How to Explain Social Media to Local Small Businesses: Give Examples





Sometimes at speaking engagements before business owners when I cover trends in social media, I know I am not making it real if I see eyes wandering and feet shifting.  

I know what they’re thinking:  “This social media stuff sounds like something from Mars or Jupiter — or the West Coast.  It has no meaning to my business here in the local community.”

I’ve learned that to explain social media I have to get specific and granular. By that I mean giving actual examples of how real businesses like theirs might use social media sites, blogs, podcasts and video.

That’s why I found Chris Brogan’s post today so helpful. He gives 8 examples of ways to use social media to promote local businesses.  Here’s one:

Dentist – Contribute to town events blog and add a 250 word Dental Tip.

Social media is one of the major marketing trends of our time. Yet, it suffers from being hard to explain to business people. 

First, there is the difficulty of explaining something radically different. If you haven’t used social media sites before, it can be tough to grasp what they’re all about just from a verbal description.  They’re so unlike anything we’ve experienced in the past.

Second, the topic of social media is riddled with conceptual terminology and a lingo all its own.  It’s the double whammy — a combination of marketing-speak and technospeak — two languages that sometimes need translation for mere mortals like the rest of us. 

Third, the business value of social media is hard to demonstrate. While social media activities may sound like fun entertainment for teenagers, just how those activities will bring customers in the door usually is not obvious. 

No wonder so many business people are skeptical.

Marketers, SEO professionals, Web designers, business communicators and PR professionals, you have a special job: you have to translate general concepts about social media into actionable advice in small digestible bites. Offer specific actionable examples like the ones Chris offers.

7 Comments ▼

Anita Campbell - CEO


Anita Campbell Anita Campbell is the Founder, CEO and Publisher of Small Business Trends and has been following trends in small businesses since 2003. She is the owner of BizSugar, a social media site for small businesses.

7 Reactions

  1. Maybe what might’ve been pertinent is to show how this would tie to ROI or at least Return on Influence. For instance, think of my tattoo artist example. If you were my mom, who got her first tattoo at 50-something, to honor the birth of her granddaughter (don’t ask me), you might appreciate a video tour and interview with the artist to make sure you weren’t headed to meet a one-eyed shakey guy with nudie pictures over every wall. (Come to think of it, I never did ask who did the work for her).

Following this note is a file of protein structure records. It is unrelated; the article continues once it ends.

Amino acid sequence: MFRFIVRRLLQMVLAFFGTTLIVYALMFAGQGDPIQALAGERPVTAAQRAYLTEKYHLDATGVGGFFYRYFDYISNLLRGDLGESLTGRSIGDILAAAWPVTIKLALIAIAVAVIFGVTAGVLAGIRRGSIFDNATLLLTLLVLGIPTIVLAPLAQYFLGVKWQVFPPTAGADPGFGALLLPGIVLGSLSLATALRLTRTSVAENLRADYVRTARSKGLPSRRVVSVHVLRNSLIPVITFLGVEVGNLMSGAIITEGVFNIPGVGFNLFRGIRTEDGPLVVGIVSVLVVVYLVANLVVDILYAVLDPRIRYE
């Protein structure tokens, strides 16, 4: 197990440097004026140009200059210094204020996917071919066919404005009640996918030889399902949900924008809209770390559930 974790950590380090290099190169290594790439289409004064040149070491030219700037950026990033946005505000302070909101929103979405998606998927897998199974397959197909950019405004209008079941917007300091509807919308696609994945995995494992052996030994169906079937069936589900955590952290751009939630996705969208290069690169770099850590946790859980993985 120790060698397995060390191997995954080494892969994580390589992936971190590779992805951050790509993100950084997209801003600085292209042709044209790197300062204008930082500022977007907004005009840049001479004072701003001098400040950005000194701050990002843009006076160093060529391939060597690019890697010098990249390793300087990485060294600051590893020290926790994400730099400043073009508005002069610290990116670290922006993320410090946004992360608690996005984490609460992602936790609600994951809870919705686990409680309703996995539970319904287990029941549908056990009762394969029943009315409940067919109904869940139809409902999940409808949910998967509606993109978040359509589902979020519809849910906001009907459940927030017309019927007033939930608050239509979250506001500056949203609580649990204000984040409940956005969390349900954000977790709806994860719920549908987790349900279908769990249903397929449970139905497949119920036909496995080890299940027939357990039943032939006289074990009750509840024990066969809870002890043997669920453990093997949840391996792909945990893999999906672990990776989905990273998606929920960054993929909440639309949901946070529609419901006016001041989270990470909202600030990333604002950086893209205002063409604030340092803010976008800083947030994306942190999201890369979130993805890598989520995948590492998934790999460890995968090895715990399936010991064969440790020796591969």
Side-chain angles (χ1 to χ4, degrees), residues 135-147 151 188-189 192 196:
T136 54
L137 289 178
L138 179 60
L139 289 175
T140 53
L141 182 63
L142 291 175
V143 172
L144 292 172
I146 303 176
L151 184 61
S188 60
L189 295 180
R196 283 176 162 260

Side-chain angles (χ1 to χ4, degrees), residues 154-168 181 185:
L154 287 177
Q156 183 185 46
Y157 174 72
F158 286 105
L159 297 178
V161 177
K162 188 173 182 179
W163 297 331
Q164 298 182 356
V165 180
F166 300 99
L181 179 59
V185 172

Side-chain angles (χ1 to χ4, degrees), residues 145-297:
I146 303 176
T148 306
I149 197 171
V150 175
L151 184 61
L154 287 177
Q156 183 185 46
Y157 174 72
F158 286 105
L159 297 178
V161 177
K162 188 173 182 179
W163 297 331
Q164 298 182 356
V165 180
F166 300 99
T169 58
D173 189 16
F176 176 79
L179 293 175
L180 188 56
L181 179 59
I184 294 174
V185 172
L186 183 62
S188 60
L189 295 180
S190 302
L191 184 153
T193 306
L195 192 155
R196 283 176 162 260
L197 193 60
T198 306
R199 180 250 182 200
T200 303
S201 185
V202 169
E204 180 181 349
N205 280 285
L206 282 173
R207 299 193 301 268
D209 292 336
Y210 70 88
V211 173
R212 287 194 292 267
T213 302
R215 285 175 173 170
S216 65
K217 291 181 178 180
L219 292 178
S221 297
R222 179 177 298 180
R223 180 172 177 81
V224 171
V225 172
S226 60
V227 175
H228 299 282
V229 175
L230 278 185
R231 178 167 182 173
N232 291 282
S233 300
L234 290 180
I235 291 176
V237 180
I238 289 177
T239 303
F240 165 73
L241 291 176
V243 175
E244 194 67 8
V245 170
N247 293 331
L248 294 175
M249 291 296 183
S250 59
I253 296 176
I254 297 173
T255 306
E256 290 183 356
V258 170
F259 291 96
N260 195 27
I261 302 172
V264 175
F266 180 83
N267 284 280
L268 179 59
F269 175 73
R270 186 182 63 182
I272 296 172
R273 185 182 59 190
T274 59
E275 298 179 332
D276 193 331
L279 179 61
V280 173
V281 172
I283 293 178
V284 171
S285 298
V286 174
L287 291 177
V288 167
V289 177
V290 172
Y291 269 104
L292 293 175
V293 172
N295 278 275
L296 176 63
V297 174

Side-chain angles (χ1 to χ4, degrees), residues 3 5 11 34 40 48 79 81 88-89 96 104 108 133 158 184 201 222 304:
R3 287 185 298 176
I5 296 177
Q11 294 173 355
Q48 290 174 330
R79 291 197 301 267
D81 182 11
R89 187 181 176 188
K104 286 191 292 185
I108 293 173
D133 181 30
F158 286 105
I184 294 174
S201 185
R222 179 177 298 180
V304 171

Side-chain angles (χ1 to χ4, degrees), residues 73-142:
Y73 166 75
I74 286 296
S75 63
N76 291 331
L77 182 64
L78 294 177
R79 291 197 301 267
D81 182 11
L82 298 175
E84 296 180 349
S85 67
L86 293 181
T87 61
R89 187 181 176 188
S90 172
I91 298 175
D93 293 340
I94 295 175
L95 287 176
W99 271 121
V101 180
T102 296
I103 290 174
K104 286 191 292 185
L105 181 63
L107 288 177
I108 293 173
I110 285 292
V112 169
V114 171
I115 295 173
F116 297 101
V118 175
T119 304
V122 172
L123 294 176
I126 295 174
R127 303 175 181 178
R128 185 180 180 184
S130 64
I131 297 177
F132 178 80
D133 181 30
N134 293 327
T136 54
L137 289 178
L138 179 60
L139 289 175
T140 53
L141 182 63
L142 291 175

Maybe it’s all in showing where the bottom line changes. Because these same people dont’ have much loot, nor do they have much time to actually MAKE media. So there has to be a fairly quick, clear return.

    I’m tempted to do this for absolutely free to prove my point. : )

    –Chris…
    [chrisbrogan.com]

  2. Anita,

    I just wanted to mention that this article was very helpful to me. I frequently find myself stuck in between the physical and virtual business worlds; and relating things from one to the other can be extremely difficult. Especially when it comes to social media.

    Thanks,

    – Mason

  3. I may be ahead of the curve here, but when I want to go to a restaurant or local store, I’m almost turned off if they don’t have a website. Businesses that take that extra effort to understand and implement technology get my money every time.

    Susan Payton
    Egg Marketing & Public Relations
    http://www.eggmarketingpr.com
    http://www.eggmarketingblog.com

  4. Social marketing will take its place at the top of all types marketing very soon. What people want is what others have so why not ask them which is best and which will work for me. For scootertronics its works well word of mouth and forums are our top ways to get sales and life long customers. As far as video the products we have video on sell the most even thoughthey are not maybe the best we have, we are also going to put all who woks here on video so our customers can met us all and understand that we are just as they are so they will buy from us.

  5. Social media can provide marketing opportunities, but it has to be well thought out and implemented. I think many businesses get excited about social media and just jump in to projects. It’s important to consider your audience (will they even read your blog or listen to podcasts?) and the value of the content that you wish to present. Right now, blogs seem to be the hype, but just putting one up on the Internet won’t bring in revenue.

  6. Social media is the way to go promoting any business, it’s proven every day. Really interesting tips from Chris Brogan.

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